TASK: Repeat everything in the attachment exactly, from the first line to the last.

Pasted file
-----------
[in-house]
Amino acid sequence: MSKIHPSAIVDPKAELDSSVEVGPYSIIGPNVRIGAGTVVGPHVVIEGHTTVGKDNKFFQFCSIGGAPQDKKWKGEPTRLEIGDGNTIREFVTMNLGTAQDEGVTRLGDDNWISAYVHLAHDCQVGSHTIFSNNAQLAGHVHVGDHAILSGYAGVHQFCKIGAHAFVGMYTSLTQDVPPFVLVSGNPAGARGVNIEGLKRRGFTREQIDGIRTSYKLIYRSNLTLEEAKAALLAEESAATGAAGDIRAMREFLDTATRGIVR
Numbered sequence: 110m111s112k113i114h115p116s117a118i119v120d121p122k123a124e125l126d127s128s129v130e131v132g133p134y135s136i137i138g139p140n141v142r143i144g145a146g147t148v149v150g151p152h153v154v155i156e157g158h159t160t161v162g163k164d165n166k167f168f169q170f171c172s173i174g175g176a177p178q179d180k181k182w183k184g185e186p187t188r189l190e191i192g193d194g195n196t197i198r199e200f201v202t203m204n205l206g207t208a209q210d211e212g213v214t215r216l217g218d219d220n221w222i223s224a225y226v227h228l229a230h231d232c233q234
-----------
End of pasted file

[in-house]
Amino acid sequence: MSKIHPSAIVDPKAELDSSVEVGPYSIIGPNVRIGAGTVVGPHVVIEGHTTVGKDNKFFQFCSIGGAPQDKKWKGEPTRLEIGDGNTIREFVTMNLGTAQDEGVTRLGDDNWISAYVHLAHDCQVGSHTIFSNNAQLAGHVHVGDHAILSGYAGVHQFCKIGAHAFVGMYTSLTQDVPPFVLVSGNPAGARGVNIEGLKRRGFTREQIDGIRTSYKLIYRSNLTLEEAKAALLAEESAATGAAGDIRAMREFLDTATRGIVR
Numbered sequence: 110m111s112k113i114h115p116s117a118i119v120d121p122k123a124e125l126d127s128s129v130e131v132g133p134y135s136i137i138g139p140n141v142r143i144g145a146g147t148v149v150g151p152h153v154v155i156e157g158h159t160t161v162g163k164d165n166k167f168f169q170f171c172s173i174g175g176a177p178q179d180k181k182w183k184g185e186p187t188r189l190e191i192g193d194g195n196t197i198r199e200f201v202t203m204n205l206g207t208a209q210d211e212g213v214t215r216l217g218d219d220n221w222i223s224a225y226v227h228l229a230h231d232c233q234